A life lost by suicide – Christopher Lastatte Heuss was only 22

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Michelle Whitney of Lake Mills, Wisconsin, says no parent should have to bury their child. But as the mother of 22-year-old Christopher Lastatte Heuss of Huntingdon, she experienced that pain on March 17 of this year when her son took his own life.

The pain of loss in the young man’s life may have been a contributing factor to him taking a handgun and ending his own life, she feels.

His father Jeff Heuss, with whom he was living, died in Jan. of 2016 at the age of 43 of a heart attack. His grandmother, Carol Heuss, who lived with he and his father, died in May 2017, of cancer. He then lived alone, although his uncle, Mike Heuss, lived nearby.

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“A year ago he began to feel like he was worthless,” said Whitney. “He would just say it was nothing when I asked him about it. His friends had no clue that it would lead to suicide.”

According to statistics, in the United State alone, someone dies by suicide once every 12 minutes. Suicide is the second leading cause of death for youth between the ages of 10 and 24.

Suicide is the tenth-leading cause of death (2016 data) in Tennessee, claiming over 1,000 lives per year. Roughly, 100 of these are between the age of 10-24.

Christopher graduated from Clarksburg High School in 2016. He had worked at Dollar Tree in Huntingdon and was a student at the University of Memphis campus in Jackson where he was taking photojournalism. He enjoyed being with friends and he loved cars, a love that was developed in his childhood days. He loved photography and was always making photos, according to his mother who said he was an artist as well.

In June 2019, he wrecked his 1989 Mustang on Highway 22 at 3 a.m. when he ran into a culvert. He suffered a concussion and scratches. He had already wrecked a vehicle in May 2017.

“At first he was ok, but then he started drinking a lot,” said his mother.

She was in contact with him every week. However, it had gotten to the point, she said, where it was mostly through texting and not through actual conversation. She said she had no idea that he was so depressed and suicidal.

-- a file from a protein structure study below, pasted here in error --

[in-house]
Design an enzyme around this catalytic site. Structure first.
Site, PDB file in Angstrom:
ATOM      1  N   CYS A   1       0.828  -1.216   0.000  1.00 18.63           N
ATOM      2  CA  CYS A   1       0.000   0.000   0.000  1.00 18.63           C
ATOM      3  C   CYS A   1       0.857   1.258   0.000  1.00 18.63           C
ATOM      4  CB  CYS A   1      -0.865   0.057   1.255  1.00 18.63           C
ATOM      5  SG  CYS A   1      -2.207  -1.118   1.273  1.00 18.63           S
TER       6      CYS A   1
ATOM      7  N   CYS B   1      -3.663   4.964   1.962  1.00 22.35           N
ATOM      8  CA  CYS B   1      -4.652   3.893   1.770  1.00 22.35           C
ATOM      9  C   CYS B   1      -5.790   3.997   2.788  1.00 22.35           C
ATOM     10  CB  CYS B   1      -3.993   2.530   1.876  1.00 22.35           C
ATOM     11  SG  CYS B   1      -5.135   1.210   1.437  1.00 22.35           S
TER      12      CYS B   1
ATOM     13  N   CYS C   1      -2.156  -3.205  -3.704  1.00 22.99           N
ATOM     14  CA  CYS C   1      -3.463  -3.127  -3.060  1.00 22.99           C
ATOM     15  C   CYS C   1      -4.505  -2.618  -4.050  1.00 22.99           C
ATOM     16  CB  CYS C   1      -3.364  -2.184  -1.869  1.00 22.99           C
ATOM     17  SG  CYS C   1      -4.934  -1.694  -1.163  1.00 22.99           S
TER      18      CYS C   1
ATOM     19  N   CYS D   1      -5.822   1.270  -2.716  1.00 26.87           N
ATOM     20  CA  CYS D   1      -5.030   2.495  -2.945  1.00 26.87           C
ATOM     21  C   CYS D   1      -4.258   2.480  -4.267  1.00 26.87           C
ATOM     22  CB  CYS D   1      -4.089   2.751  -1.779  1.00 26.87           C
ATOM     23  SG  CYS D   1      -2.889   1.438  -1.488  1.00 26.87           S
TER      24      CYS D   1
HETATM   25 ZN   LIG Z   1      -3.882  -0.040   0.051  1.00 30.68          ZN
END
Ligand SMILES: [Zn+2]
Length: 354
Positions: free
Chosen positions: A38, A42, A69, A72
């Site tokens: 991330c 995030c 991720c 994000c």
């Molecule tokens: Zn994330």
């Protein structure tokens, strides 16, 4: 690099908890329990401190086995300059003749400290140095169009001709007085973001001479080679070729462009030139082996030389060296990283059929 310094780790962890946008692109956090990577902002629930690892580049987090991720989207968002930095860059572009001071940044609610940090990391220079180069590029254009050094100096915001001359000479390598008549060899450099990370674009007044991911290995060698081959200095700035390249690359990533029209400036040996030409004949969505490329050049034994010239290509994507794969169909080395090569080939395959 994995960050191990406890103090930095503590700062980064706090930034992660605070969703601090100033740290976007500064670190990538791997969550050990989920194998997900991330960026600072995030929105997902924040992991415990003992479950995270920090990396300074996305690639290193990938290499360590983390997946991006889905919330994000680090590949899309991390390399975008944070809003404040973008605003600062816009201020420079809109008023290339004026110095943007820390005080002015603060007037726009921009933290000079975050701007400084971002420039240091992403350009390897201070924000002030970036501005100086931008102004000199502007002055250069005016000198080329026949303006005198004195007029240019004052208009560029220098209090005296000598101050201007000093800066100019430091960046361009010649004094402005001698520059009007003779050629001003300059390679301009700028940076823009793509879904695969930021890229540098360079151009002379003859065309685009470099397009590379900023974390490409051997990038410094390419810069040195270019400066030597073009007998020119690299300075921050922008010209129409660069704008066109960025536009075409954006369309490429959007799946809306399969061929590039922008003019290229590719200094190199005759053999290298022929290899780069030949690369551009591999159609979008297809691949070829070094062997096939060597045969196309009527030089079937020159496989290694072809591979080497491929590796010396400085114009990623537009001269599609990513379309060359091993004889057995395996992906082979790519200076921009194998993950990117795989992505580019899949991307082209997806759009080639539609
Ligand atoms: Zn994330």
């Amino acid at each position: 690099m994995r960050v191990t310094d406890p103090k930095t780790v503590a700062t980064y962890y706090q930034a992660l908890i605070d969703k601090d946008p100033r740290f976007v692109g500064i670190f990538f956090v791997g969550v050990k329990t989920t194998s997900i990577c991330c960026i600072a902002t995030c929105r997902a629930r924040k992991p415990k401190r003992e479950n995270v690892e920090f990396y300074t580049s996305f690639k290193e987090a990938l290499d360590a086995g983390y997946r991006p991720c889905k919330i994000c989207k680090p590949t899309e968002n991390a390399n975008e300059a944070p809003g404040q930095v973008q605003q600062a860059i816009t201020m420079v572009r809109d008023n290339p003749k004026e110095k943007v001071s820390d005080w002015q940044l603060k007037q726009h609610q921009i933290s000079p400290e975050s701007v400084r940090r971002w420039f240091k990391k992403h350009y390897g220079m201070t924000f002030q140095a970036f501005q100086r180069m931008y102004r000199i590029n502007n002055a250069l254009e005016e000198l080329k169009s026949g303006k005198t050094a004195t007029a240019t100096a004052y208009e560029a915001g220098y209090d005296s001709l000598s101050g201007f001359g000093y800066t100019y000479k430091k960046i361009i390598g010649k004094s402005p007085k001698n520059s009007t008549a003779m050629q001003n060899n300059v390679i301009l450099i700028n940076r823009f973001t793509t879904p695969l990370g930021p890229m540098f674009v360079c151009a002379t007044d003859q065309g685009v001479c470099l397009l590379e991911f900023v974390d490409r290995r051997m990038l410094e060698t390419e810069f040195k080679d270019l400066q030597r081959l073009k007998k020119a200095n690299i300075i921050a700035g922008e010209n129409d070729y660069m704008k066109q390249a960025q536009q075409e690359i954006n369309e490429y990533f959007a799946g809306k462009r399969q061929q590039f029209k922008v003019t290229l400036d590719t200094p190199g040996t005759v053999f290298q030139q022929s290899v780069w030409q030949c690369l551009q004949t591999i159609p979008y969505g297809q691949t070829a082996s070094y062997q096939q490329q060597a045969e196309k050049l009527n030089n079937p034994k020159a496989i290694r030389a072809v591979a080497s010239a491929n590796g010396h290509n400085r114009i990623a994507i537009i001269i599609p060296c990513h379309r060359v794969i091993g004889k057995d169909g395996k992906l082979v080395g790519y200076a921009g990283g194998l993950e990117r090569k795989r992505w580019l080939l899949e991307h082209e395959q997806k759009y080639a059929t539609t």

He had wrecked a third vehicle on the day he died by suicide.

He left a will and a note. His friends also found his plan on the way he would end his life.

Christopher Lastatte Heuss’ young life

Christopher Lastatte Heuss was born Nov. 16, 1997, in Gallatin to Michelle Whitney of Lake Mills, Wisconsin and Jeff Heuss of Huntingdon, who is now deceased.

The family moved to Delavan, Wisconsin for a year before moving to Huntingdon in 1999. As a youngster he would accompany his mother to work at Advance Auto Parts in Huntingdon. The employees marveled at his knowledge of cars because he could name every make and model that drove up.

“Everyone that met him fell in love with him,” said his mom.

   His parents divorced and Whitney moved to Lake Mills, Wisconsin in 2009.

However, Christopher decided to remain in Carroll County with his dad because he didn’t want to change schools, according to his mom.

Besides going to college, he was about to start a new job, his mom said.

A memorial service was held on Aug. 29 at Yuma Community Center, located on Old School House Road.

His uncle, Mike Heuss delivered the eulogy with Rev. Jacob Harris, pastor of Huntingdon First Baptist Church, presented the message at the memorial service.

In lieu of flowers, a donation may be made to National Suicide Prevention Lifeline at 800-273-8255.

Whitney says to make sure to always talk with your kids.

“Tell them how important they are and keep a line of communication open,” she said. “Make sure they know they are loved and cared for and that there is help out there for them.”

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